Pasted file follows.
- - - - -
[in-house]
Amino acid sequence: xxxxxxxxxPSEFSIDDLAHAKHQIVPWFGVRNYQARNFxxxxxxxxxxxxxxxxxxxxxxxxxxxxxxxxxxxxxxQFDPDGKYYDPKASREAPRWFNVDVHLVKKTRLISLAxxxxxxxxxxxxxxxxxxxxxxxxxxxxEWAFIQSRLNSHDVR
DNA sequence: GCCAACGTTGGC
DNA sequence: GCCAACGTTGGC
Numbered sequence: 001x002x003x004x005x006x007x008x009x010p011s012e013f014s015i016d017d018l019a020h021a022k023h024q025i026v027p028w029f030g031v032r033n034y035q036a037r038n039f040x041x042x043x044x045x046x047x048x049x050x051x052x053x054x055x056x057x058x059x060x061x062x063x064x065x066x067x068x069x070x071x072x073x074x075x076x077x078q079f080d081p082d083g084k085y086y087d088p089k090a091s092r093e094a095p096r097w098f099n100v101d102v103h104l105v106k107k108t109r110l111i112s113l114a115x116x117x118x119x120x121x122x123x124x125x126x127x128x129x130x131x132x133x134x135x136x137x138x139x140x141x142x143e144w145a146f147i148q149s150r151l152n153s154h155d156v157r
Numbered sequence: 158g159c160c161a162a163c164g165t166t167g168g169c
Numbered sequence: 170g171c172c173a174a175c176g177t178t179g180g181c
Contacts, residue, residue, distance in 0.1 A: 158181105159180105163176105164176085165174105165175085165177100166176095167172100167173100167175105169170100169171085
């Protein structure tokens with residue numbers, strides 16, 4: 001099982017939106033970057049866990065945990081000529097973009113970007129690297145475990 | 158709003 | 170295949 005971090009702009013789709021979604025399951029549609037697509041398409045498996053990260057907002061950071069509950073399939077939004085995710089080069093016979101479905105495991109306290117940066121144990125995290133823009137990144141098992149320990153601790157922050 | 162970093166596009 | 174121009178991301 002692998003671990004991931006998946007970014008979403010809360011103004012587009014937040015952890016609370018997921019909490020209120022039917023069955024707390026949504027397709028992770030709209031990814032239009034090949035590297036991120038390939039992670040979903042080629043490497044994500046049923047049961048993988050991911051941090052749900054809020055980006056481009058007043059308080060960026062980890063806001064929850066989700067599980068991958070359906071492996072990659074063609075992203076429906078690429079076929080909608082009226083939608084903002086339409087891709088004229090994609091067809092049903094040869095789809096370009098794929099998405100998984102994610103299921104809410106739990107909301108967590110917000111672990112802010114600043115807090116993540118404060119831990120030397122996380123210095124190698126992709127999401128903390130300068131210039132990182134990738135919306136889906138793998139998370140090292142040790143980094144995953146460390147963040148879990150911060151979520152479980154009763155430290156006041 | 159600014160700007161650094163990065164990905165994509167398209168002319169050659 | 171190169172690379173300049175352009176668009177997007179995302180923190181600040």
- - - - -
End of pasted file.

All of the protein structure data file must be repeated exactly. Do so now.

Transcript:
[in-house]
Amino acid sequence: xxxxxxxxxPSEFSIDDLAHAKHQIVPWFGVRNYQARNFxxxxxxxxxxxxxxxxxxxxxxxxxxxxxxxxxxxxxxQFDPDGKYYDPKASREAPRWFNVDVHLVKKTRLISLAxxxxxxxxxxxxxxxxxxxxxxxxxxxxEWAFIQSRLNSHDVR
DNA sequence: GCCAACGTTGGC
DNA sequence: GCCAACGTTGGC
Numbered sequence: 001x002x003x004x005x006x007x008x009x010p011s012e013f014s015i016d017d018l019a020h021a022k023h024q025i026v027p028w029f030g031v032r033n034y035q036a037r038n039f040x041x042x043x044x045x046x047x048x049x050x051x052x053x054x055x056x057x058x059x060x061x062x063x064x065x066x067x068x069x070x071x072x073x074x075x076x077x078q079f080d081p082d083g084k085y086y087d088p089k090a091s092r093e094a095p096r097w098f099n100v101d102v103h104l105v106k107k108t109r110l111i112s113l114a115x116x117x118x119x120x121x122x123x124x125x126x127x128x129x130x131x132x133x134x135x136x137x138x139x140x141x142x143e144w145a146f147i148q149s150r151l152n153s154h155d156v157r
Numbered sequence: 158g159c160c161a162a163c164g165t166t167g168g169c
Numbered sequence: 170g171c172c173a174a175c176g177t178t179g180g181c
Contacts, residue, residue, distance in 0.1 A: 158181105159180105163176105164176085165174105165175085165177100166176095167172100167173100167175105169170100169171085
């Protein structure tokens with residue numbers, strides 16, 4: 001099982017939106033970057049866990065945990081000529097973009113970007129690297145475990 | 158709003 | 170295949 005971090009702009013789709021979604025399951029549609037697509041398409045498996053990260057907002061950071069509950073399939077939004085995710089080069093016979101479905105495991109306290117940066121144990125995290133823009137990144141098992149320990153601790157922050 | 162970093166596009 | 174121009178991301 002692998003671990004991931006998946007970014008979403010809360011103004012587009014937040015952890016609370018997921019909490020209120022039917023069955024707390026949504027397709028992770030709209031990814032239009034090949035590297036991120038390939039992670040979903042080629043490497044994500046049923047049961048993988050991911051941090052749900054809020055980006056481009058007043059308080060960026062980890063806001064929850066989700067599980068991958070359906071492996072990659074063609075992203076429906078690429079076929080909608082009226083939608084903002086339409087891709088004229090994609091067809092049903094040869095789809096370009098794929099998405100998984102994610103299921104809410106739990107909301108967590110917000111672990112802010114600043115807090116993540118404060119831990120030397122996380123210095124190698126992709127999401128903390130300068131210039132990182134990738135919306136889906138793998139998370140090292142040790143980094144995953146460390147963040148879990150911060151979520152479980154009763155430290156006041 | 159600014160700007161650094163990065164990905165994509167398209168002319169050659 | 171190169172690379173300049175352009176668009177997007179995302180923190181600040």